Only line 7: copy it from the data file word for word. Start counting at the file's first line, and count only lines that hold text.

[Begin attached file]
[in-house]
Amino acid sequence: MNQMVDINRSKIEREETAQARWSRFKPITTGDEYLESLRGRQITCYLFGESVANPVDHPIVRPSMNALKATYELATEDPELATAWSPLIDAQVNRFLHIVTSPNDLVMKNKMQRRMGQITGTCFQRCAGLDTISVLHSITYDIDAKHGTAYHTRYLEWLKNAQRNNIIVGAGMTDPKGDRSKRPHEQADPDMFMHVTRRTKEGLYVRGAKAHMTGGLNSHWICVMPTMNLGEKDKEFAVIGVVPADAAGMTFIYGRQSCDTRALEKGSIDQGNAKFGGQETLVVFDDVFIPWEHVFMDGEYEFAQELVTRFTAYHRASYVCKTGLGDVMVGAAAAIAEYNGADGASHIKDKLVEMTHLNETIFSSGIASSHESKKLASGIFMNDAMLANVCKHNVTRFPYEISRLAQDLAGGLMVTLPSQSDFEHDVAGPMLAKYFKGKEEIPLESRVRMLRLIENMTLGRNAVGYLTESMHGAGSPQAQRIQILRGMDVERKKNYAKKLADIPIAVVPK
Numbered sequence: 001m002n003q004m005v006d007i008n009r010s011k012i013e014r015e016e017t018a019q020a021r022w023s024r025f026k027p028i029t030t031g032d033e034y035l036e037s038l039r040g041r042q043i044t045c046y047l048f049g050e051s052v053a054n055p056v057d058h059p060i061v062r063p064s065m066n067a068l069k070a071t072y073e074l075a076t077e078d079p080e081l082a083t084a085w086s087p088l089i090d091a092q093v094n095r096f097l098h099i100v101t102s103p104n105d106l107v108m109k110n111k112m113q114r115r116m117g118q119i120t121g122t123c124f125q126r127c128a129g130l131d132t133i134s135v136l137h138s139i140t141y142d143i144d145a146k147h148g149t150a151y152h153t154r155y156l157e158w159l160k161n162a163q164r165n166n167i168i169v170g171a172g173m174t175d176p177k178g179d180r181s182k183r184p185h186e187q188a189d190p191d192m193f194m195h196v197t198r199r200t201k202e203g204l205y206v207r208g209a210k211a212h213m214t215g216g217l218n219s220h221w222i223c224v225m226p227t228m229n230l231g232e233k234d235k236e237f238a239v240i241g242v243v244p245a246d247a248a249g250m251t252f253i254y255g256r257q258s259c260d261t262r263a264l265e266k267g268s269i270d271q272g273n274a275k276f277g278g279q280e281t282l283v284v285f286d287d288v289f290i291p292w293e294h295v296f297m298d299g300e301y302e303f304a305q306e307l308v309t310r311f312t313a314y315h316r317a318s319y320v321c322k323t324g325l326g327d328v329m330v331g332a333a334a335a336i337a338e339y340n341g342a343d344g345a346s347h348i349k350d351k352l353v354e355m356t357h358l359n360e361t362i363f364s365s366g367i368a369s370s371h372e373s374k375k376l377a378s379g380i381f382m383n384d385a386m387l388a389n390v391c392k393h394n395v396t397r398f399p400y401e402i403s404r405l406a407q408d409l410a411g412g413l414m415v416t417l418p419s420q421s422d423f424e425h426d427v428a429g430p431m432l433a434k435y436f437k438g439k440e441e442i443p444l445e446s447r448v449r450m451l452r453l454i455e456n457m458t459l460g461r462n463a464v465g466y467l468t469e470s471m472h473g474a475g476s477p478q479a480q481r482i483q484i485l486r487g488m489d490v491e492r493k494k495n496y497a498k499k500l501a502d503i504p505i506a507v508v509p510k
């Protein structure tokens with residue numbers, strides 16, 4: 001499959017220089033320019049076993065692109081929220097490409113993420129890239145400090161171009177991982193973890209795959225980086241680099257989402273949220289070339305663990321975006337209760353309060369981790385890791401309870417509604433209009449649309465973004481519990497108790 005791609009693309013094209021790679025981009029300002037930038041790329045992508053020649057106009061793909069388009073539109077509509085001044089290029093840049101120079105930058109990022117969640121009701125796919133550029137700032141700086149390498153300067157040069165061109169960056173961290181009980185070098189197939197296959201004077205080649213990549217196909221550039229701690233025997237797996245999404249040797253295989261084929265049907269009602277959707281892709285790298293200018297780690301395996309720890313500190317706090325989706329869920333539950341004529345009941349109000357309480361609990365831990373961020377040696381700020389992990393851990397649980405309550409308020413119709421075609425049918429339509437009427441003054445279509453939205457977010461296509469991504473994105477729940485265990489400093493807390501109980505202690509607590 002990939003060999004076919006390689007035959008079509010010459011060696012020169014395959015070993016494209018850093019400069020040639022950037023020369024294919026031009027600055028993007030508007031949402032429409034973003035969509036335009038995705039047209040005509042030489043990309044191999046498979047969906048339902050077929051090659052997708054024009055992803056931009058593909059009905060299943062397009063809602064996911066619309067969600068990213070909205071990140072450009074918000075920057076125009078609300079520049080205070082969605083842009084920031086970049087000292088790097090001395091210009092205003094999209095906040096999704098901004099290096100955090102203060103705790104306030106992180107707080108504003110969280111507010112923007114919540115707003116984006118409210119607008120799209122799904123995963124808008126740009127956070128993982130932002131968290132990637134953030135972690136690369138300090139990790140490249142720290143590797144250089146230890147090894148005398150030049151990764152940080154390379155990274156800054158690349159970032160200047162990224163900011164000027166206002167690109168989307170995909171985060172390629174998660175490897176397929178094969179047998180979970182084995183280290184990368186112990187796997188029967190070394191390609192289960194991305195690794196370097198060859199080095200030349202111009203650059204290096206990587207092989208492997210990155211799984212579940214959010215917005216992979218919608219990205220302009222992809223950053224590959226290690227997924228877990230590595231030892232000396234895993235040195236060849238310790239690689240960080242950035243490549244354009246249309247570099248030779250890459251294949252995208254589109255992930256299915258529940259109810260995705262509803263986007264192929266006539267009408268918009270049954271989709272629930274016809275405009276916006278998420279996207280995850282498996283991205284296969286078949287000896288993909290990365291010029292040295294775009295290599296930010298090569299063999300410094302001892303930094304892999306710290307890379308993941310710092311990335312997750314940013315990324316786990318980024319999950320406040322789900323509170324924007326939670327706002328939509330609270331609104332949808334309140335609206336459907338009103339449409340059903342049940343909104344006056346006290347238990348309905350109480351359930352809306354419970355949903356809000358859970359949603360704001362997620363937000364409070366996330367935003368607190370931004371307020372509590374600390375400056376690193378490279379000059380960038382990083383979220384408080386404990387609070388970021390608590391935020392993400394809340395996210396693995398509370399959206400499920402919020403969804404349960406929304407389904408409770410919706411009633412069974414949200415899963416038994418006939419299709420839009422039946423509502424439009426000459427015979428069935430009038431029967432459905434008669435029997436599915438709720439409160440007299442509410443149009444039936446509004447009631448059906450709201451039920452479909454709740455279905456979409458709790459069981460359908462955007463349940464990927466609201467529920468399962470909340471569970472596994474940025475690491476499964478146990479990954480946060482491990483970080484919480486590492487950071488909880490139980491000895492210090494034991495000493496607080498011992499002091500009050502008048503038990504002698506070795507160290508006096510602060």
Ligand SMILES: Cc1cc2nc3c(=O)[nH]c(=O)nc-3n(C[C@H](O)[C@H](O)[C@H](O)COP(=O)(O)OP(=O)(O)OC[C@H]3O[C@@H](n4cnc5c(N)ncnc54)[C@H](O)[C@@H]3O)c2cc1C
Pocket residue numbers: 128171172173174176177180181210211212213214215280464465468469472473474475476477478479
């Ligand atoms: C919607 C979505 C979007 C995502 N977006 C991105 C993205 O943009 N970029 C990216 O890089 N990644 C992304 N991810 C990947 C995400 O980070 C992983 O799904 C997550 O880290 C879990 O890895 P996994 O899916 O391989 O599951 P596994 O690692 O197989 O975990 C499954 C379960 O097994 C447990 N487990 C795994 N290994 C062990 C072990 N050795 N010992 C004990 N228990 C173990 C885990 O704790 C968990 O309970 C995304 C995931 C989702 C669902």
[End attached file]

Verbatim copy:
């Ligand atoms: C919607 C979505 C979007 C995502 N977006 C991105 C993205 O943009 N970029 C990216 O890089 N990644 C992304 N991810 C990947 C995400 O980070 C992983 O799904 C997550 O880290 C879990 O890895 P996994 O899916 O391989 O599951 P596994 O690692 O197989 O975990 C499954 C379960 O097994 C447990 N487990 C795994 N290994 C062990 C072990 N050795 N010992 C004990 N228990 C173990 C885990 O704790 C968990 O309970 C995304 C995931 C989702 C669902």